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DRO: People say that you ran the 200-mph car on hydrazine, just what was your connection with that fuel?

Maynard and I had heard about this stuff and thought that it had real potential. I guess we started running hydrazine-and we didn't do it all the time-but we ran it from 1958 through 1960. The bottle we had that carried the stuff was about 6-inches high and we would use about a quarter inch. We ran it at Great Bend, Kansas City, Tucson, and mixed it with 100-percent nitro. The stuff was neat, it had a really distinctive sound, almost like popcorn popping. If you were a fuel racer, you'd pick it up right away.

DRO: So what about Alton and the 204 run in 1960?

We did not use hydrazine that day. Instead, we did something else that might account for that run. We did a valve job where we used a piece of connecting rod to set the valve spring height. We would cut down pieces of a rod, making a tool out of it to set the spring height and I used the wrong tool to set the height that day. I wound up creating more installed spring pressure than normal. Maynard and I didn't realize what we had done with the pressure.

At Alton, the fans lined the track; they weren't all sitting in the few grandstands they had. In those days, they'd be down on the top end and when two dragsters came through, this wall of people would just step aside and let the dragsters through. On the big run, my car lit the tires hard, but really came on hard and we got an 8.87 at 204.54 mph. Probably a few dozen fans got to see that run up close.

DRO: You ran other big times, did the added spring pressure figure in those?

Yeah, I think so. That summer, we had "the Chizler" at Kansas City International Raceway for the AHRA [Nationals] and some people might remember the picture of me, Garlits, Art Malone, [Bob] Sullivan, and Bobby Langley all posed in our dragsters near the starting line. The reason we were all there was because I had run a 219-mph a few hours earlier and the spring pressure was similar to Alton. The racers wanted to inspect the clocks; no one believed the time. So, we were all up there for some new clocks to be flown into the race, and that picture of us lined together was taken.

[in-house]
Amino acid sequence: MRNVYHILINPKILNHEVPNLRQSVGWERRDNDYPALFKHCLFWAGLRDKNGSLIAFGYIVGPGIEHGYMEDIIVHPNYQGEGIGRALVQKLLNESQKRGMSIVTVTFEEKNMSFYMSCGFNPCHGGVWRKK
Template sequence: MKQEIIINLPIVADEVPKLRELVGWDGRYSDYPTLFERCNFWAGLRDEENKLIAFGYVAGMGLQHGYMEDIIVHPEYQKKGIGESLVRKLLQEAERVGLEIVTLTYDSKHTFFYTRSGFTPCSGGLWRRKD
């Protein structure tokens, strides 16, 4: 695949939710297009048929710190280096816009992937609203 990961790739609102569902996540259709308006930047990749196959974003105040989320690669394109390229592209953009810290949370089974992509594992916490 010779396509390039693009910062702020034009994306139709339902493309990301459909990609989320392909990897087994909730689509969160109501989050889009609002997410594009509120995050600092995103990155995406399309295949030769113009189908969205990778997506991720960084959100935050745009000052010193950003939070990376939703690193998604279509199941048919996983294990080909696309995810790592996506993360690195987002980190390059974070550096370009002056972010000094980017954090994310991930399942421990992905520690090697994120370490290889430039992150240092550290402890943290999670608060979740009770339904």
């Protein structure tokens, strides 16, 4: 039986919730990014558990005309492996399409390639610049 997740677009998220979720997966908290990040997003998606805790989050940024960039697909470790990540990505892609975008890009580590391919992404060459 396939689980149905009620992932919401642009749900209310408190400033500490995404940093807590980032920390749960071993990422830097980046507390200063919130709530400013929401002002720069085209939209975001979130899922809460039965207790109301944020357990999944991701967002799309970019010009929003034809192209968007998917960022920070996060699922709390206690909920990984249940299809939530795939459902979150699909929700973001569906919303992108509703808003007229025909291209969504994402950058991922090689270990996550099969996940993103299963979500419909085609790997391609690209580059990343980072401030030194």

Maynard and I also got a 214-mph run at Phoenix in January of 1963 and this came from a lot of the valve spring work, improved tires, a new Isky cam, and a big load of nitro. We ran hydrazine, but we didn't run it every weekend.

DRO: Of all the guys you raced, who stands out the most?

Oh, I guess, you'd have to say [Don] Garlits. We saw a lot of each other over the years. A lot of our races were real battles. He took things real seriously and I did too, but not to his level, I'd say.

DRO: How about a "Greek"/Garlits story, one that hasn't been public?

I'll give you a couple; both of them happened at Oldsmar, Florida. Me, [Connie] Kalitta, "Sneaky Pete" [Robinson], and Garlits, maybe [Art] Malone were racing there about 1962 or 1963. I run a 201-mph pass, which was about 10-mph better than anything else run that day. Well, these guys were mad. 'No way' that car could go that fast. They thought it might be "the Chizler" silver body, the wheels jumpin' over the lights, something like that.